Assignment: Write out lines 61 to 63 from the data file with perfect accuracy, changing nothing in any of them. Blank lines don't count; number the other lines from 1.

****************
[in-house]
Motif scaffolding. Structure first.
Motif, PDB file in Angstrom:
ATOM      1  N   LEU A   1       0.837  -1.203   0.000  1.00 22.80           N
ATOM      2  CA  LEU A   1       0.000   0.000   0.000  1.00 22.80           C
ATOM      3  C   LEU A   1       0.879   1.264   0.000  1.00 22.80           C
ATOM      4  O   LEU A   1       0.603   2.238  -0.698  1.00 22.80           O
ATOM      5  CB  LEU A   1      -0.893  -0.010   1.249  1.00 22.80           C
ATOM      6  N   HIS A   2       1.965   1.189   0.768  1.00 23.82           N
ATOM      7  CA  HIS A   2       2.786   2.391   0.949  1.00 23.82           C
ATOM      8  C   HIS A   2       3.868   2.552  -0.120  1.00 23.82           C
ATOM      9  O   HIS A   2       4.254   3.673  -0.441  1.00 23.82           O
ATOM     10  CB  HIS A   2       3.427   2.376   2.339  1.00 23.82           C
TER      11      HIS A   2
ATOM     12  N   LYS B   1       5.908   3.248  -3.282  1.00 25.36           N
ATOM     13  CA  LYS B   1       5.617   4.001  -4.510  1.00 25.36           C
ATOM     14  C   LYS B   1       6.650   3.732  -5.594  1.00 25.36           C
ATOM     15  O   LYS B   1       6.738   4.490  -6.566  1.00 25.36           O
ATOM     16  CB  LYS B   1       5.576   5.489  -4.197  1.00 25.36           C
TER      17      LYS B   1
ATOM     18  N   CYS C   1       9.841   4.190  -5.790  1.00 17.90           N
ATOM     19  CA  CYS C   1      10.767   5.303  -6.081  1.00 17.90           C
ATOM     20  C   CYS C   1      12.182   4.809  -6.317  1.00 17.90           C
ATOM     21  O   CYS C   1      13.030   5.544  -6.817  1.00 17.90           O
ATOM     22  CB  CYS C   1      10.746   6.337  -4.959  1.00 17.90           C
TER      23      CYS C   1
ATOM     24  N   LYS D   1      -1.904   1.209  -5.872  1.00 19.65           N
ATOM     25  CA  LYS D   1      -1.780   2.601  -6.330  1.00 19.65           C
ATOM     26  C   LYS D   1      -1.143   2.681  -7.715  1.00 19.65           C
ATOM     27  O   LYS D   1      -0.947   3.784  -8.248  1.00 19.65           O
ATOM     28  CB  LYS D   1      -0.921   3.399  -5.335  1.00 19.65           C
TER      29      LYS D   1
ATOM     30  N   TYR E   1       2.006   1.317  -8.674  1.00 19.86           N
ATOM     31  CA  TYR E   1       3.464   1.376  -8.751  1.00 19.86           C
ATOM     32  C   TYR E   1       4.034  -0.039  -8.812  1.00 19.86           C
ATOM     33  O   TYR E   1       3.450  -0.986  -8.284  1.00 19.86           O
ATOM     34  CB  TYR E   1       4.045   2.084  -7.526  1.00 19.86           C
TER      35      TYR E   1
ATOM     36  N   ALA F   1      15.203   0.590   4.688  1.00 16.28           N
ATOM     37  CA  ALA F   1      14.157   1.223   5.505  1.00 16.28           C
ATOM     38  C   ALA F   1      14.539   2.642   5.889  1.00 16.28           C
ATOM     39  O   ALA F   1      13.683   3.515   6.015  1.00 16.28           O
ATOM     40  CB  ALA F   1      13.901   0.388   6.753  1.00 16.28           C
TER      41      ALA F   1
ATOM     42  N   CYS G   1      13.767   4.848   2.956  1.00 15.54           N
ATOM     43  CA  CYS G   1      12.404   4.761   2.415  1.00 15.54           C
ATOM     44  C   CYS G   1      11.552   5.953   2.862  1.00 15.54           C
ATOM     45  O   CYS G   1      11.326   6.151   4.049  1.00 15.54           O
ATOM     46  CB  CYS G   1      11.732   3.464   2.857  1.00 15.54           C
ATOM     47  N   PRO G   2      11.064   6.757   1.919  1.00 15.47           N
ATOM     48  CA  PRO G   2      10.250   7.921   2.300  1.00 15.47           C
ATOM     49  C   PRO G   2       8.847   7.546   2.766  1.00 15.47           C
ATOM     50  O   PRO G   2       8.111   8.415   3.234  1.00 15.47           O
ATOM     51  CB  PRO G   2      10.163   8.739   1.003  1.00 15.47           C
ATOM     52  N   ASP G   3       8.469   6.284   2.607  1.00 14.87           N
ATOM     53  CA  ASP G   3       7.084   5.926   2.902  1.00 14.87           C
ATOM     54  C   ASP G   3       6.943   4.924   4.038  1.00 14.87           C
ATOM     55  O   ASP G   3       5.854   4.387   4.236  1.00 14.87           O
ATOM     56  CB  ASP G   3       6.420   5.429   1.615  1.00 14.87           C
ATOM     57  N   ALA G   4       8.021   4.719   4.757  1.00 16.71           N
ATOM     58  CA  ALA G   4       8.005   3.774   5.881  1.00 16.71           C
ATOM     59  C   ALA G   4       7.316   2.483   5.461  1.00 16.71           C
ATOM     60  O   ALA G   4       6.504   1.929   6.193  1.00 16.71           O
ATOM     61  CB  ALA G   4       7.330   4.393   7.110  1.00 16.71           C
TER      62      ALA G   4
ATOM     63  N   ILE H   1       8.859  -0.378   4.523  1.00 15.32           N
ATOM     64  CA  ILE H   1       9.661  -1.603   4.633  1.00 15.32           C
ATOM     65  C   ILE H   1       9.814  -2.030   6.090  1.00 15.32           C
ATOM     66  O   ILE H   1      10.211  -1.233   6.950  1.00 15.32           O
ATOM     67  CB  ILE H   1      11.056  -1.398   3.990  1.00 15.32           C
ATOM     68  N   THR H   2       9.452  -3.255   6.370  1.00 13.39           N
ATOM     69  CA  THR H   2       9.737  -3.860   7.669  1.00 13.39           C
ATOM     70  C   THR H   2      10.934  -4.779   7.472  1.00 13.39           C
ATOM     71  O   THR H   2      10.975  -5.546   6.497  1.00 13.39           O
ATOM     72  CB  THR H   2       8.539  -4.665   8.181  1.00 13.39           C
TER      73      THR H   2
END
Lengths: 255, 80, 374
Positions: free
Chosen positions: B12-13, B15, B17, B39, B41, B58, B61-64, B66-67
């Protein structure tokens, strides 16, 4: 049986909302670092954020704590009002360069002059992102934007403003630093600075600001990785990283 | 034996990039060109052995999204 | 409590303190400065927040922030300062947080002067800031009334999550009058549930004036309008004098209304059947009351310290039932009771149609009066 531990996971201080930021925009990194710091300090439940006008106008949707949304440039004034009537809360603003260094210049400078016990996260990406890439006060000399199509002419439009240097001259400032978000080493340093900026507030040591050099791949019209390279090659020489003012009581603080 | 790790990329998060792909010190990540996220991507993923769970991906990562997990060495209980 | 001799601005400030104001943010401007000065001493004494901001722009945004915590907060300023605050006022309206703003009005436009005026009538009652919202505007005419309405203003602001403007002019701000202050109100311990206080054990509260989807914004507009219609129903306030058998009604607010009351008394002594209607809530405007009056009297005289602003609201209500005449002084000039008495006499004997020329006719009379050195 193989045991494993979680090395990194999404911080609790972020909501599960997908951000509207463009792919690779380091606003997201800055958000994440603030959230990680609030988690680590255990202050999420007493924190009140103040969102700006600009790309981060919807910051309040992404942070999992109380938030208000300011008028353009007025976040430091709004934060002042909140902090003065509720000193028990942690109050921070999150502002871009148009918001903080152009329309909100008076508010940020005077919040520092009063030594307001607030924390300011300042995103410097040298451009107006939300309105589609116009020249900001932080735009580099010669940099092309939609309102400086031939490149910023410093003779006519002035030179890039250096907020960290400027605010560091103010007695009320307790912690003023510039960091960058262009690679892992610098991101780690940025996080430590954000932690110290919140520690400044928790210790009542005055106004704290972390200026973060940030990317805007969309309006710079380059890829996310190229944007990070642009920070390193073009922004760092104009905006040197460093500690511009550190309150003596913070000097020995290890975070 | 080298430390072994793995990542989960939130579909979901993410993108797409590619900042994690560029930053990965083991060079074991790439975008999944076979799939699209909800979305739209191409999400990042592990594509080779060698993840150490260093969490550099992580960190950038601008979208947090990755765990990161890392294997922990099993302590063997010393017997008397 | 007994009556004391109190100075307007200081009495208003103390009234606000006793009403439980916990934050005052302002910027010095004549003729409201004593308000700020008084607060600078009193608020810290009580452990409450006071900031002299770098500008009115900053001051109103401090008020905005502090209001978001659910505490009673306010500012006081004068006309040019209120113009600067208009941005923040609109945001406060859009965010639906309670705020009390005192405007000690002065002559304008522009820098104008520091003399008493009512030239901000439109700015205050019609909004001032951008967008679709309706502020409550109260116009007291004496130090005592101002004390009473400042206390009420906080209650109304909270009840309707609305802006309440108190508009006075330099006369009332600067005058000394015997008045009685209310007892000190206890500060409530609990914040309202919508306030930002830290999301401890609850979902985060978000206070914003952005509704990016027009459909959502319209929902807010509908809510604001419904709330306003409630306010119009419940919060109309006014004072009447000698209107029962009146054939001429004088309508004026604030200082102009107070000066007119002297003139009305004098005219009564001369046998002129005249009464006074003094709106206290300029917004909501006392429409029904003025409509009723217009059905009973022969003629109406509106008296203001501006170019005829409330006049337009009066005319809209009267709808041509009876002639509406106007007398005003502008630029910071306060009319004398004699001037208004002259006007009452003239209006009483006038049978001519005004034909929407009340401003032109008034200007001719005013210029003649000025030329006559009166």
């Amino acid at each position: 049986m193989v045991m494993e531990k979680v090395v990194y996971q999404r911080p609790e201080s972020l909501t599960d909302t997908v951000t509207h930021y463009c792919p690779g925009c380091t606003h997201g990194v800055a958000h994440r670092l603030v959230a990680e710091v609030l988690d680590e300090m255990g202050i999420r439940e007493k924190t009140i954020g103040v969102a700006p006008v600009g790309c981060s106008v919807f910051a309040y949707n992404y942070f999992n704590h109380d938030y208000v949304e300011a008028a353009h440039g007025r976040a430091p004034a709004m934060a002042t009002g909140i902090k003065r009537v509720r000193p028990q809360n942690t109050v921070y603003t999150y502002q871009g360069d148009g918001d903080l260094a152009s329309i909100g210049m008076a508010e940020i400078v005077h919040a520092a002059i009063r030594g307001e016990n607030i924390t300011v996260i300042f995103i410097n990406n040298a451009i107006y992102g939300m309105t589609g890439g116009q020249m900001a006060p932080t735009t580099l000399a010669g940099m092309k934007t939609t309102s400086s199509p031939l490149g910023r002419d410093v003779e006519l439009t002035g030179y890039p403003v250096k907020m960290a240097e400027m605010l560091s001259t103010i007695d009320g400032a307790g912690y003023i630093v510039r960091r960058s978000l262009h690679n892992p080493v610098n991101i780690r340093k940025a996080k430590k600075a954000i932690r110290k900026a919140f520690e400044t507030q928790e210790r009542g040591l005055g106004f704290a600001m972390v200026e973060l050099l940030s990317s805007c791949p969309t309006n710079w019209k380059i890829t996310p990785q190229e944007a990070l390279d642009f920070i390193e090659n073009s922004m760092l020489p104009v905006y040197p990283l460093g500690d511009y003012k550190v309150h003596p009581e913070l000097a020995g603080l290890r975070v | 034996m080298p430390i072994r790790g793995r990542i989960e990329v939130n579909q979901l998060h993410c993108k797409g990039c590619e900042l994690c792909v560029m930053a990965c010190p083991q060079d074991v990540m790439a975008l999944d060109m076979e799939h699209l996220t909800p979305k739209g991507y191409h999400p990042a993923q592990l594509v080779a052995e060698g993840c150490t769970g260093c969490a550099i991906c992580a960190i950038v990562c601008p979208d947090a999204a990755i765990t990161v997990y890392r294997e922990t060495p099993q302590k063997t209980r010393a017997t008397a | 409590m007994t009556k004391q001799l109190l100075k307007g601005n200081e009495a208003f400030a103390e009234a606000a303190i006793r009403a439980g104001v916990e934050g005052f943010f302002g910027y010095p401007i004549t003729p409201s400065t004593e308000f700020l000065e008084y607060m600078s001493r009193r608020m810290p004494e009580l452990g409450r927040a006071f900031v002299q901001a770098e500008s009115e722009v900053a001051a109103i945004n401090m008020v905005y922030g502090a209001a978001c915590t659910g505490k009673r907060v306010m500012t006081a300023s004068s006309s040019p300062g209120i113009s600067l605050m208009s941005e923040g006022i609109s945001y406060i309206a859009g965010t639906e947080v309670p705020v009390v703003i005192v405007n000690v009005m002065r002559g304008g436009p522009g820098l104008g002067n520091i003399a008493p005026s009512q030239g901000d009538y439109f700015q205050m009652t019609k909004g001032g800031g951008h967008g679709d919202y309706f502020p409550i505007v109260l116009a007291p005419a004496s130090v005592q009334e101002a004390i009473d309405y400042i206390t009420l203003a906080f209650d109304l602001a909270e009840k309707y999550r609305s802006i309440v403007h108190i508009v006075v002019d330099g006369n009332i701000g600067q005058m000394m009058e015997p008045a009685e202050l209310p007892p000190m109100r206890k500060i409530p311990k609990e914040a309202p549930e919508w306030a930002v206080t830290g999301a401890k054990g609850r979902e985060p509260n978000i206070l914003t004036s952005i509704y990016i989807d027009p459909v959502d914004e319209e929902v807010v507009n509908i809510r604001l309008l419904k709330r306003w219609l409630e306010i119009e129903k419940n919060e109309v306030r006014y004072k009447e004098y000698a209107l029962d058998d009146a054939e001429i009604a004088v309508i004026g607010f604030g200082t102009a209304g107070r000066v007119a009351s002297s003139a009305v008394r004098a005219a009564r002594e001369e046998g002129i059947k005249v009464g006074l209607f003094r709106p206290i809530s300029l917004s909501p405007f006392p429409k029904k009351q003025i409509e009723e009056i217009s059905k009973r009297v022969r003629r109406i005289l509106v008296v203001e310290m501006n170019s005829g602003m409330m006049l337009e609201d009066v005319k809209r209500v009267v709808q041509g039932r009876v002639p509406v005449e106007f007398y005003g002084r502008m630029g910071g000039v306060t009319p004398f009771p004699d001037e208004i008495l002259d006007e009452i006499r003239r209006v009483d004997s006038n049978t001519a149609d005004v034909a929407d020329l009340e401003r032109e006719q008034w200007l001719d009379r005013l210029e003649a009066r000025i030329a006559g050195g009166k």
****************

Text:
ATOM     58  CA  ALA G   4       8.005   3.774   5.881  1.00 16.71           C
ATOM     59  C   ALA G   4       7.316   2.483   5.461  1.00 16.71           C
ATOM     60  O   ALA G   4       6.504   1.929   6.193  1.00 16.71           O